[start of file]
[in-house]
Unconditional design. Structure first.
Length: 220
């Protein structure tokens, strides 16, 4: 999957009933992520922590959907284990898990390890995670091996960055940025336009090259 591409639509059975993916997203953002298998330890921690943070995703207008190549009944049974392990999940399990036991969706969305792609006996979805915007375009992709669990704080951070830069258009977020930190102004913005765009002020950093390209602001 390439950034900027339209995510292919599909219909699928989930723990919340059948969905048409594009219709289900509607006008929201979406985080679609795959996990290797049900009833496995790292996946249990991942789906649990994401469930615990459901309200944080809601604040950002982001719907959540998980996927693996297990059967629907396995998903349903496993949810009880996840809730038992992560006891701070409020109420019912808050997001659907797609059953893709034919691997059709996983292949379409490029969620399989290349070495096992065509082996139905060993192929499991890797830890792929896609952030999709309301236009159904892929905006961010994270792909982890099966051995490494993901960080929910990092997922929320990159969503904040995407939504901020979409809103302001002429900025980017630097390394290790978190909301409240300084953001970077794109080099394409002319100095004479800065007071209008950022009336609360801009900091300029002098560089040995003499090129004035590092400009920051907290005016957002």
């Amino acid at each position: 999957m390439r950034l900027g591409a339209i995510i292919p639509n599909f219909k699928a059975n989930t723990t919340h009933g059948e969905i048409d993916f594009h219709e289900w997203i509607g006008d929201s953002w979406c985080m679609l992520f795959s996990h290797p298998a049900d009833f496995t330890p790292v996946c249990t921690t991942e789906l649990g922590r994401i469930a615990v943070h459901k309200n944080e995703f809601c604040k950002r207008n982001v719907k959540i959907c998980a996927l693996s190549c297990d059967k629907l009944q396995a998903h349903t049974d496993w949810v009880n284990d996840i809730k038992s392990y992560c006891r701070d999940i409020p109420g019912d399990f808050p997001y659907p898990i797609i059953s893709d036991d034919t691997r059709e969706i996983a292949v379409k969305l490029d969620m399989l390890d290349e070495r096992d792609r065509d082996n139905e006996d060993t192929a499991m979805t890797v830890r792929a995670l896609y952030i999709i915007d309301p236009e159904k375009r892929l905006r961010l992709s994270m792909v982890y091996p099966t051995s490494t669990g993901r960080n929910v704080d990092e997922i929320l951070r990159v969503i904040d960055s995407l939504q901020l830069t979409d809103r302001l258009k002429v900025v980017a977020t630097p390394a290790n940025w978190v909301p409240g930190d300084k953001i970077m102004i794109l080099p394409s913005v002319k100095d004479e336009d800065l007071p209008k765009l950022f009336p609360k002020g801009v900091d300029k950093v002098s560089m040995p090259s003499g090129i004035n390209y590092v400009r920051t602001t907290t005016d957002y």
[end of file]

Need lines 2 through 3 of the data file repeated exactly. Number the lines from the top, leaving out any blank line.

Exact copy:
Unconditional design. Structure first.
Length: 220